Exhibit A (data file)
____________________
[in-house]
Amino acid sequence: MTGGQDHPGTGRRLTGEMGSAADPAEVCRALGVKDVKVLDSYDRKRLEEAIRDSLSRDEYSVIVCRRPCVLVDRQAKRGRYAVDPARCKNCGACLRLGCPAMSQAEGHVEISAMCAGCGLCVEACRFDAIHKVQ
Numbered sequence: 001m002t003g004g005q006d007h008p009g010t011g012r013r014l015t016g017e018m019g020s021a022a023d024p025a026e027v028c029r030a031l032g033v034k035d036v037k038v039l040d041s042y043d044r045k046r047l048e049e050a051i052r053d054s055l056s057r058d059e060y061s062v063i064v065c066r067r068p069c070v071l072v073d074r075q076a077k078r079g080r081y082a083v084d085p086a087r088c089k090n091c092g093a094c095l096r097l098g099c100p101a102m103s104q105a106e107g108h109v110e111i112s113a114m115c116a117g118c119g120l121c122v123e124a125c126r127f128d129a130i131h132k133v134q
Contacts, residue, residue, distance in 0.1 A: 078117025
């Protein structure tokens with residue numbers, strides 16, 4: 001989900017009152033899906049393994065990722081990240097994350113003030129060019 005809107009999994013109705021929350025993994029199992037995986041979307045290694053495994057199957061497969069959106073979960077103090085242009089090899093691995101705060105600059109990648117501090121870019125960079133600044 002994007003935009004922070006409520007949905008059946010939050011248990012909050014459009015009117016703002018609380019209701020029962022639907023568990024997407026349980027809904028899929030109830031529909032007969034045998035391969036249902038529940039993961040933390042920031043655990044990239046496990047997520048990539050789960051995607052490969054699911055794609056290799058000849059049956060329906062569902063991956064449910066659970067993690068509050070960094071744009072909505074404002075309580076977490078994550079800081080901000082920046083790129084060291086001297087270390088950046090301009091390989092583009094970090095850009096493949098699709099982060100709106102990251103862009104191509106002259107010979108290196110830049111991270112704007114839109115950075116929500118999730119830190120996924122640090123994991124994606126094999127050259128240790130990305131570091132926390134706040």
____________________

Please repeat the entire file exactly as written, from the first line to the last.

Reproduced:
[in-house]
Amino acid sequence: MTGGQDHPGTGRRLTGEMGSAADPAEVCRALGVKDVKVLDSYDRKRLEEAIRDSLSRDEYSVIVCRRPCVLVDRQAKRGRYAVDPARCKNCGACLRLGCPAMSQAEGHVEISAMCAGCGLCVEACRFDAIHKVQ
Numbered sequence: 001m002t003g004g005q006d007h008p009g010t011g012r013r014l015t016g017e018m019g020s021a022a023d024p025a026e027v028c029r030a031l032g033v034k035d036v037k038v039l040d041s042y043d044r045k046r047l048e049e050a051i052r053d054s055l056s057r058d059e060y061s062v063i064v065c066r067r068p069c070v071l072v073d074r075q076a077k078r079g080r081y082a083v084d085p086a087r088c089k090n091c092g093a094c095l096r097l098g099c100p101a102m103s104q105a106e107g108h109v110e111i112s113a114m115c116a117g118c119g120l121c122v123e124a125c126r127f128d129a130i131h132k133v134q
Contacts, residue, residue, distance in 0.1 A: 078117025
């Protein structure tokens with residue numbers, strides 16, 4: 001989900017009152033899906049393994065990722081990240097994350113003030129060019 005809107009999994013109705021929350025993994029199992037995986041979307045290694053495994057199957061497969069959106073979960077103090085242009089090899093691995101705060105600059109990648117501090121870019125960079133600044 002994007003935009004922070006409520007949905008059946010939050011248990012909050014459009015009117016703002018609380019209701020029962022639907023568990024997407026349980027809904028899929030109830031529909032007969034045998035391969036249902038529940039993961040933390042920031043655990044990239046496990047997520048990539050789960051995607052490969054699911055794609056290799058000849059049956060329906062569902063991956064449910066659970067993690068509050070960094071744009072909505074404002075309580076977490078994550079800081080901000082920046083790129084060291086001297087270390088950046090301009091390989092583009094970090095850009096493949098699709099982060100709106102990251103862009104191509106002259107010979108290196110830049111991270112704007114839109115950075116929500118999730119830190120996924122640090123994991124994606126094999127050259128240790130990305131570091132926390134706040």